Now more than ever, customers expect relevant and personalized digital experiences, no matter where they are, and on the device of their choosing. That’s why technology leaders around the world tell us that there’s no greater priority than full-stack observability to drive digital transformation. The reasons are clear: Digital technologies represent radically new ways of delivering value to customers, disrupting competitive landscapes, and changing the underlying economics of markets.
Rapid innovation prompts the need for better solutions
Technological change is nothing new, but this round of change is happening at a rate faster than ever before. To deliver on these digital transformations, new approaches have emerged to enable faster innovation, such as Cloud technologies, containers, and orchestration engines like Kubernetes, microservices, serverless, and DevOps with CI/CD automation, SRE, and on-call developers to name a few.
Technology complexity reaches new heights
A consequence of these rapid changes is increased technical complexity, which is why making sense of such highly dynamic and distributed systems presents new challenges. This was the bedrock for the recent emergence of Observability and where OpenTelemetry comes in to help.
OpenTelemetry will manage that complexity and diversity
OpenTelemetry is a vendor-neutral standard way to collect telemetry data for applications, their supporting infrastructures, and services. It’s now promoted to a Cloud Native Computing Foundation incubating project since its inception in May 2019 with the merger of OpenCensus and OpenTracing projects. Most of the standard has reached 1.0 stage. Spans and traces are the most advanced for now, automated instrumentation, and additional languages are in active development, and logs are planned for a later date.
OpenTelemetry is an important milestone, making it easier for providers and users alike to collect data from a broader set of systems and get a more complete picture of how applications behave and why. Today’s challenge shouldn’t be about getting telemetry data –whether that’s metrics, events, logs, or traces (also known as M.E.L.T.) — but to relating how the infrastructure (whether compute, storage or network) and supporting services (as service meshes) influence the application’s health, and ultimately, the user experiences delivered and the impact they have on business.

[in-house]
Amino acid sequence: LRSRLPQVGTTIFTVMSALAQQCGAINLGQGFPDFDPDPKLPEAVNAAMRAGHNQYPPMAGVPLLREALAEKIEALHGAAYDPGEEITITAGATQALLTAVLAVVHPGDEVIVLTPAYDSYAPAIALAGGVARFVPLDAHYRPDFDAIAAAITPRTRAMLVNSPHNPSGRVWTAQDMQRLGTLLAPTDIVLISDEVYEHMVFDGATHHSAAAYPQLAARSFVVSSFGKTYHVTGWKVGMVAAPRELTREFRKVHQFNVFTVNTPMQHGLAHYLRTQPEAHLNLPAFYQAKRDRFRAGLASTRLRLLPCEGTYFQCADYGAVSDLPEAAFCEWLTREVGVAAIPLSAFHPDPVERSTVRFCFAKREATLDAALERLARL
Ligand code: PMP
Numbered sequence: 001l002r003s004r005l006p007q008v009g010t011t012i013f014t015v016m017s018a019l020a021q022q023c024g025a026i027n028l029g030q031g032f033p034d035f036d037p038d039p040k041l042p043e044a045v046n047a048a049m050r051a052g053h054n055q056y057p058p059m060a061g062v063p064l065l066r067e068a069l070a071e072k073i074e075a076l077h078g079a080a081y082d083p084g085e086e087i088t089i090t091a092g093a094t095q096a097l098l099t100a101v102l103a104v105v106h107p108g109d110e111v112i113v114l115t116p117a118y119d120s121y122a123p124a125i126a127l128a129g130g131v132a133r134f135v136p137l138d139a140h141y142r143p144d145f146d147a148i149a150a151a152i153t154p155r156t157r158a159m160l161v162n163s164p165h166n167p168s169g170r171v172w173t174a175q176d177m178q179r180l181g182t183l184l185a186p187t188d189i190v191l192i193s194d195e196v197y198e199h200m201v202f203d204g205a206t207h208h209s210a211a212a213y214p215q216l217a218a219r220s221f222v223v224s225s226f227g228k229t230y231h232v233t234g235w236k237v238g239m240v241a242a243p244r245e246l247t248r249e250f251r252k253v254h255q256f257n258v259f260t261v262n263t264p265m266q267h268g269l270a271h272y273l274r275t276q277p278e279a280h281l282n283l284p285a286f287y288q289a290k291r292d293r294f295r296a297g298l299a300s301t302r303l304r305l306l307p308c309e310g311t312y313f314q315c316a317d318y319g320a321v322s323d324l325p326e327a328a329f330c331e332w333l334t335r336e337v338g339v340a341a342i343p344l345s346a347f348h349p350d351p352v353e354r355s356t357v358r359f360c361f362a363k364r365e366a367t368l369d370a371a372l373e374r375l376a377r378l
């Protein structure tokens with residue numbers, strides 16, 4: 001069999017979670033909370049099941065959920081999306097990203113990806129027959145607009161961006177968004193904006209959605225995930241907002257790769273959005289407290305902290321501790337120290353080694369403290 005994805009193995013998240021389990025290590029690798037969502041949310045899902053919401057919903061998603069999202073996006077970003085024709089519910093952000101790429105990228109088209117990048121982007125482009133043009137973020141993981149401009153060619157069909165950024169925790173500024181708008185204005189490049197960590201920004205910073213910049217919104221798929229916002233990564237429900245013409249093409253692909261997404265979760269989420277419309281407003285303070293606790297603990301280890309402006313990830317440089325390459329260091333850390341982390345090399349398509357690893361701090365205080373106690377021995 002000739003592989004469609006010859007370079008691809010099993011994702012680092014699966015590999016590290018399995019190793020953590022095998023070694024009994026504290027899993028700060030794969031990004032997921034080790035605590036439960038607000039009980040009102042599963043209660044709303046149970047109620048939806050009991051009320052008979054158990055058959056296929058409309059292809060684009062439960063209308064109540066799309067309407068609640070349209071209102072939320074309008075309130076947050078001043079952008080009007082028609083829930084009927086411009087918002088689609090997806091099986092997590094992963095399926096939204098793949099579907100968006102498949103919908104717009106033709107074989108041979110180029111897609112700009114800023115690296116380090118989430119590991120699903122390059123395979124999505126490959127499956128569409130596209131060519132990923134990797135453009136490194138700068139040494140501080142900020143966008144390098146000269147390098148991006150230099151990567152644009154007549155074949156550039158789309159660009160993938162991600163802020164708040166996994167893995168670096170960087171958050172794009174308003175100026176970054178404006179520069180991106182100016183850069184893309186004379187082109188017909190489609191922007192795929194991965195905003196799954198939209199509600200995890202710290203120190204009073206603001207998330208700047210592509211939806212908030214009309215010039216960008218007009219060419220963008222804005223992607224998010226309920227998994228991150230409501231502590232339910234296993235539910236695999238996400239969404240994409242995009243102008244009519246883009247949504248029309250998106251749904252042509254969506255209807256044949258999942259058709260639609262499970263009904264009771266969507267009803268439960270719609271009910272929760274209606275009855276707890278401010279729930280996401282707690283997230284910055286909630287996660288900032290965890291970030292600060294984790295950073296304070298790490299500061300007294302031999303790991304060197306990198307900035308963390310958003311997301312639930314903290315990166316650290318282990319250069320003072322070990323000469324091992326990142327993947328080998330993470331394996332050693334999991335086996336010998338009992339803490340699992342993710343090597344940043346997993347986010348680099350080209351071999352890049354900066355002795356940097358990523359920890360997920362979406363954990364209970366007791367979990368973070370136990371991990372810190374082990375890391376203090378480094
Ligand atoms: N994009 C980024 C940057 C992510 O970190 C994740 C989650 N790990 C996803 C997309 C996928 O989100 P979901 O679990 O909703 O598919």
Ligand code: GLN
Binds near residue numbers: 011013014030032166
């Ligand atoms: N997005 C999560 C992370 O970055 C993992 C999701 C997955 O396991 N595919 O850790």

That’s what AppDynamics has been focusing on for years: understanding where problems come from, why they happen and relating how technical problems impact user experiences and business outcomes to set the right priorities of actions. As a consequence, we welcome OpenTelemetry as a data ingestion standard which will make it even easier to get visibility into a broader set of systems and enrich our traditional AI and ML capabilities to help make sense of that vast array of data.
How does OpenTelemetry work (in a nutshell)?
OpenTelemetry covers many components, including the following:
- APIs are used to instrument your code to generate traces, i.e. the components parts that make calls and exchange information with other parts. This can be performed via code change or auto-instrumentation agents (which is less mature for now). Most libraries are expected to come with OpenTelemetry capabilities out of the box in the not-too-distant future.
- SDKs to collect such data and pass it to the processing and export stages.
- In-process exporters, running with the application, can translate the telemetry data into custom formats and send directly or through a collector to back-ends, whether Open Source as Jaeger or Zipkin, or from commercial providers. The in-process exporter approach is language-specific and is the main approach used so far since it was the first one to be mature.
- The out-of-process collector is used for data filtering, aggregation, batching, and communication with various telemetry backends. This communication is performed either via vendor-specific exporters or standard OpenTelemetry OTLP exporters.
We’re working on making AppDynamics’ backend OTLP compliant and support both:
- Our recommended out-of-process collector standard so our customers can use the bundled OpenTelemetry OTLP exporters to minimize the risk of relying on multiple specific in-process exporters which might get out of sync with the rapidly evolving OpenTelemetry standard and to support all existing and upcoming languages at once.
- In-process standard OTLP exporters if you don’t have the possibility to deploy a dedicated collector.
This is obviously an oversimplified introduction; see the OpenTelemetry documentation for more details.
OpenTelemetry will accelerate innovation through standardization
By alleviating the burden of collecting data from diverse technologies, OpenTelemetry will allow observability and monitoring solution providers to focus more of their efforts on capabilities to relate the data across domains (i.e., understand how a compute element interacts with the storage and network ones), understand the impact on the application health, and ultimately, the delivered user experiences and business outcomes.
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